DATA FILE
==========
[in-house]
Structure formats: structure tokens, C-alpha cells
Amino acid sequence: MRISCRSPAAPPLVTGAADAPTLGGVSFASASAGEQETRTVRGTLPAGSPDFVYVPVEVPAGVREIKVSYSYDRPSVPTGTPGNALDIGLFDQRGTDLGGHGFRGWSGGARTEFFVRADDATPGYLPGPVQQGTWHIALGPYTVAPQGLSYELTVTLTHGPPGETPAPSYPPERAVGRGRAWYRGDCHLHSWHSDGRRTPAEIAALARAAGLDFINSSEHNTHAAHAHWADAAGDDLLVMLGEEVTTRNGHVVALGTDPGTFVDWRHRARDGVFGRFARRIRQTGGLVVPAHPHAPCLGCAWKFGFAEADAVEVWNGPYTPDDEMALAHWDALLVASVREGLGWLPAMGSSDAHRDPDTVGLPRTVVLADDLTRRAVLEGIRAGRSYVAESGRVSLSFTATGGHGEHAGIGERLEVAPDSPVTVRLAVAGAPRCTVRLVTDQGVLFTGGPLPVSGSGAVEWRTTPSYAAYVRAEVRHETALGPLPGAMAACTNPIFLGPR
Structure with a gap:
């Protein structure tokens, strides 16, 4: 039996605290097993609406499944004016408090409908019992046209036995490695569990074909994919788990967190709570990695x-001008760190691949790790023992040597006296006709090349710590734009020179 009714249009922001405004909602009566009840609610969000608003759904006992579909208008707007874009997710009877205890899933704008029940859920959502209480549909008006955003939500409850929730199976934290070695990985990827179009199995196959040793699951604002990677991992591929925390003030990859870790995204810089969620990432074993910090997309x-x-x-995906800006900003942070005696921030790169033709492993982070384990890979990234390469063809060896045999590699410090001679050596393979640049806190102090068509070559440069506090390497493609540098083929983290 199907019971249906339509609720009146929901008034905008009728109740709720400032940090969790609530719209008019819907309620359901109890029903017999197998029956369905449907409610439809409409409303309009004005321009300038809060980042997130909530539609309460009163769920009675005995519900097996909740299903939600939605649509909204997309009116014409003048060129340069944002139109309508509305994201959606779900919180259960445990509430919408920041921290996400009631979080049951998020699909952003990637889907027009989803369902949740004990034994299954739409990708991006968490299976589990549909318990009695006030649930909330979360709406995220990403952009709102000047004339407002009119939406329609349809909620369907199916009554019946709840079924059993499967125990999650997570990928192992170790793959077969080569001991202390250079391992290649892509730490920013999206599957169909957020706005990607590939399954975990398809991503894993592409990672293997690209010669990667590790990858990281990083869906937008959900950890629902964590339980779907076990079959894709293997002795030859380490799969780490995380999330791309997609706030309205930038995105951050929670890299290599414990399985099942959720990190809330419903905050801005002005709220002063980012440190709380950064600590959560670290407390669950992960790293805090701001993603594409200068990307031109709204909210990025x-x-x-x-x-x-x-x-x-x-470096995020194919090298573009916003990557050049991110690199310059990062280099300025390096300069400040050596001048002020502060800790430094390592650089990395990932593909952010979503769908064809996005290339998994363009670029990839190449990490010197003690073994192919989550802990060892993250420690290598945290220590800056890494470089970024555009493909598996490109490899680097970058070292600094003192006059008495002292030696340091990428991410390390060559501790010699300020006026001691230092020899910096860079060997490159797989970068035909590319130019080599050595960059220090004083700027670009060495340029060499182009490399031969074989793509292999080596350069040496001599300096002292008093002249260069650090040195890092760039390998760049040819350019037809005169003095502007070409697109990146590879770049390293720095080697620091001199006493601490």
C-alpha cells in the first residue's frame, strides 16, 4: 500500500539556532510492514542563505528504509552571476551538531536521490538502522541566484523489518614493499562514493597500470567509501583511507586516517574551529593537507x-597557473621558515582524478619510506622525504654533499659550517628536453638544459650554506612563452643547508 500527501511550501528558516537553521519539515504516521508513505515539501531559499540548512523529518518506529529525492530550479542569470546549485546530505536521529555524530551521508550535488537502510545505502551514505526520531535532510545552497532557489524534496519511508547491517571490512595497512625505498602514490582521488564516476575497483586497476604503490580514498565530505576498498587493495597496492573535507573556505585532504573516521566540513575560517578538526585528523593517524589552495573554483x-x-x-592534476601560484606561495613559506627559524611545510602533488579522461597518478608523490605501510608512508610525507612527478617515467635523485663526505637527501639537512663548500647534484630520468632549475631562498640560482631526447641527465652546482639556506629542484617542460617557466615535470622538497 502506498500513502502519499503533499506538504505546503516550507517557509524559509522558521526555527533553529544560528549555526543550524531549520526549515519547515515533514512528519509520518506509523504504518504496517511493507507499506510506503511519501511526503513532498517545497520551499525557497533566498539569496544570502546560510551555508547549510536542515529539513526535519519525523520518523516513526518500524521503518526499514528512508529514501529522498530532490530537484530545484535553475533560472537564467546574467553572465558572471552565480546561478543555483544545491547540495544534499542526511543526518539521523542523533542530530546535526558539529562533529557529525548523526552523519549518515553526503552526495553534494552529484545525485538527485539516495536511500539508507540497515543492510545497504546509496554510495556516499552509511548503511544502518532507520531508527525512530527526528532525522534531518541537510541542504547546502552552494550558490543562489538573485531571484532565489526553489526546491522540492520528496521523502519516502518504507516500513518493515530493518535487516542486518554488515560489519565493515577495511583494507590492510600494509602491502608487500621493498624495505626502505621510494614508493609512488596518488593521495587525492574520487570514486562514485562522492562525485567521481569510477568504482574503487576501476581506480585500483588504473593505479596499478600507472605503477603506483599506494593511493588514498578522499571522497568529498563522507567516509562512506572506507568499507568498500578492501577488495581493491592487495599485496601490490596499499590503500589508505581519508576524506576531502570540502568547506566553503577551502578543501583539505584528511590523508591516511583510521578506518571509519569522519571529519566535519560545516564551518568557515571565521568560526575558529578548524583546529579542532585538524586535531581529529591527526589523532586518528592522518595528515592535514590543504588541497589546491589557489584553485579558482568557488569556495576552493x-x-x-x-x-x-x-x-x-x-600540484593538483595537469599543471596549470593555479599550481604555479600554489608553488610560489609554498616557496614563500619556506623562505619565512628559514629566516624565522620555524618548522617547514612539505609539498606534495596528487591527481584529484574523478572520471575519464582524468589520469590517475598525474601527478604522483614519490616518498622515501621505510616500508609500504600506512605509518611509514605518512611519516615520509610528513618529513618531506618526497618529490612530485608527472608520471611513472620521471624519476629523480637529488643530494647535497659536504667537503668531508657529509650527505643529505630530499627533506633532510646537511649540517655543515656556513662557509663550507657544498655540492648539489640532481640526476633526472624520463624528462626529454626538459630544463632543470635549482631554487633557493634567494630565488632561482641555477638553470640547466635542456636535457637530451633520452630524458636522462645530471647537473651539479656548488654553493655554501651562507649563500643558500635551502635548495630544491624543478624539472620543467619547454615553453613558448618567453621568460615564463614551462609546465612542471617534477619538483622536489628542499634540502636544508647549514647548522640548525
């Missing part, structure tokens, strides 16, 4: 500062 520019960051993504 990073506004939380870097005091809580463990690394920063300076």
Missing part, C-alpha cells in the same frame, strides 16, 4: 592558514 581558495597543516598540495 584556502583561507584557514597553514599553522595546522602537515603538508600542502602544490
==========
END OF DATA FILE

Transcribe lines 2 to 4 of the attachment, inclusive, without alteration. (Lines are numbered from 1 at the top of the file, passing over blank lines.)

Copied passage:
Structure formats: structure tokens, C-alpha cells
Amino acid sequence: MRISCRSPAAPPLVTGAADAPTLGGVSFASASAGEQETRTVRGTLPAGSPDFVYVPVEVPAGVREIKVSYSYDRPSVPTGTPGNALDIGLFDQRGTDLGGHGFRGWSGGARTEFFVRADDATPGYLPGPVQQGTWHIALGPYTVAPQGLSYELTVTLTHGPPGETPAPSYPPERAVGRGRAWYRGDCHLHSWHSDGRRTPAEIAALARAAGLDFINSSEHNTHAAHAHWADAAGDDLLVMLGEEVTTRNGHVVALGTDPGTFVDWRHRARDGVFGRFARRIRQTGGLVVPAHPHAPCLGCAWKFGFAEADAVEVWNGPYTPDDEMALAHWDALLVASVREGLGWLPAMGSSDAHRDPDTVGLPRTVVLADDLTRRAVLEGIRAGRSYVAESGRVSLSFTATGGHGEHAGIGERLEVAPDSPVTVRLAVAGAPRCTVRLVTDQGVLFTGGPLPVSGSGAVEWRTTPSYAAYVRAEVRHETALGPLPGAMAACTNPIFLGPR
Structure with a gap: